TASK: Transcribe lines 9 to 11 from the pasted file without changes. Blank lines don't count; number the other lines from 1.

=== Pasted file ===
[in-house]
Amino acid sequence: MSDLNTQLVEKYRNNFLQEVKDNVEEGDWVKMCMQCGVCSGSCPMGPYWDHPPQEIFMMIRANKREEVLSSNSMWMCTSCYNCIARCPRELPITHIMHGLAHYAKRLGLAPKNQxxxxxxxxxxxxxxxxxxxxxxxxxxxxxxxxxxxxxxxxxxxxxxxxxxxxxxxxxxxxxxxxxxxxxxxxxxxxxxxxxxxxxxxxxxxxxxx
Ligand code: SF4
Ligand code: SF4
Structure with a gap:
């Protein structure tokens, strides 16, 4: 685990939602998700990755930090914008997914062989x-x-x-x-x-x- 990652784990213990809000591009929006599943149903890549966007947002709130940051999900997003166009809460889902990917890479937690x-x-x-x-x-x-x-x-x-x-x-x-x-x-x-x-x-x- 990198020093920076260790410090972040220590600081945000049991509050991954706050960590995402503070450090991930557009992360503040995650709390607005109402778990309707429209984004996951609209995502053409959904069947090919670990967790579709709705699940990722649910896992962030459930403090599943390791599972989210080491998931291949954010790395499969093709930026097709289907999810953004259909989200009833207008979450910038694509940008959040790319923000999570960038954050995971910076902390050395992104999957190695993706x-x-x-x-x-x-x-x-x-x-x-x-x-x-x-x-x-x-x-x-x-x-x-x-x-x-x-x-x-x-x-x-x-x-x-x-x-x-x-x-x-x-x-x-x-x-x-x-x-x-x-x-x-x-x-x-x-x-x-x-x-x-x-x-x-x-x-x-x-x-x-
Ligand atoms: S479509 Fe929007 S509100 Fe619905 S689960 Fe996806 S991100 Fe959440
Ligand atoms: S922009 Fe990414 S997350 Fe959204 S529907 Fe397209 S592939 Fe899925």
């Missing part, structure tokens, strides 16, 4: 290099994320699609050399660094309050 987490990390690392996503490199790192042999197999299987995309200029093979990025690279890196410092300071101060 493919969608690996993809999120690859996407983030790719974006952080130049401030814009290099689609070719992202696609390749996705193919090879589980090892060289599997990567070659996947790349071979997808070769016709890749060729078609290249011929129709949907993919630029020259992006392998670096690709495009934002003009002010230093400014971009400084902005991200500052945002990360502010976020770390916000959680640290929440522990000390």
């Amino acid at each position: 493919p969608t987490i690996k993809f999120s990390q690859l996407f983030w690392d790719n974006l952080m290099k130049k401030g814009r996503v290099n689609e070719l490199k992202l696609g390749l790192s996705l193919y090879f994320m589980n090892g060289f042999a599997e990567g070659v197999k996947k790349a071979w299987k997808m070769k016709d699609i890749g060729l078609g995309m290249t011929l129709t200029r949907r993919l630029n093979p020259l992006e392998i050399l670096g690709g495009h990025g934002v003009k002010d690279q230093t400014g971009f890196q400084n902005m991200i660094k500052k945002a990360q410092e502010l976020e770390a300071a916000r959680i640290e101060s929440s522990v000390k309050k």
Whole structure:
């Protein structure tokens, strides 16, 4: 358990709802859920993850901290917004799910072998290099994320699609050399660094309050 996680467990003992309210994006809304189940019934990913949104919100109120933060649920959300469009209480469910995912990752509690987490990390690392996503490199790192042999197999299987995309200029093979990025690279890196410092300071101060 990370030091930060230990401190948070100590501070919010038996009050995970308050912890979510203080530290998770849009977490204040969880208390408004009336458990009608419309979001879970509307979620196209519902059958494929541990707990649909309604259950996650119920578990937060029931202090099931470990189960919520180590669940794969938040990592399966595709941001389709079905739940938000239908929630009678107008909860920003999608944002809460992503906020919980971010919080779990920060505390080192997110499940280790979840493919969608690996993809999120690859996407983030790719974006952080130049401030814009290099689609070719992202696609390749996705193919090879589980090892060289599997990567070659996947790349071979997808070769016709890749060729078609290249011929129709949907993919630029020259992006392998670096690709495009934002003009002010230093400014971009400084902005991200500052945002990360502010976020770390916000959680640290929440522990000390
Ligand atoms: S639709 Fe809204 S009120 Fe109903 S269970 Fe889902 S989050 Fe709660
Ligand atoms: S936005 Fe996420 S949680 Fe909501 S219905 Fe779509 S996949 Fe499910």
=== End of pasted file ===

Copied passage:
């Missing part, structure tokens, strides 16, 4: 290099994320699609050399660094309050 987490990390690392996503490199790192042999197999299987995309200029093979990025690279890196410092300071101060 493919969608690996993809999120690859996407983030790719974006952080130049401030814009290099689609070719992202696609390749996705193919090879589980090892060289599997990567070659996947790349071979997808070769016709890749060729078609290249011929129709949907993919630029020259992006392998670096690709495009934002003009002010230093400014971009400084902005991200500052945002990360502010976020770390916000959680640290929440522990000390």
């Amino acid at each position: 493919p969608t987490i690996k993809f999120s990390q690859l996407f983030w690392d790719n974006l952080m290099k130049k401030g814009r996503v290099n689609e070719l490199k992202l696609g390749l790192s996705l193919y090879f994320m589980n090892g060289f042999a599997e990567g070659v197999k996947k790349a071979w299987k997808m070769k016709d699609i890749g060729l078609g995309m290249t011929l129709t200029r949907r993919l630029n093979p020259l992006e392998i050399l670096g690709g495009h990025g934002v003009k002010d690279q230093t400014g971009f890196q400084n902005m991200i660094k500052k945002a990360q410092e502010l976020e770390a300071a916000r959680i640290e101060s929440s522990v000390k309050k």
Whole structure: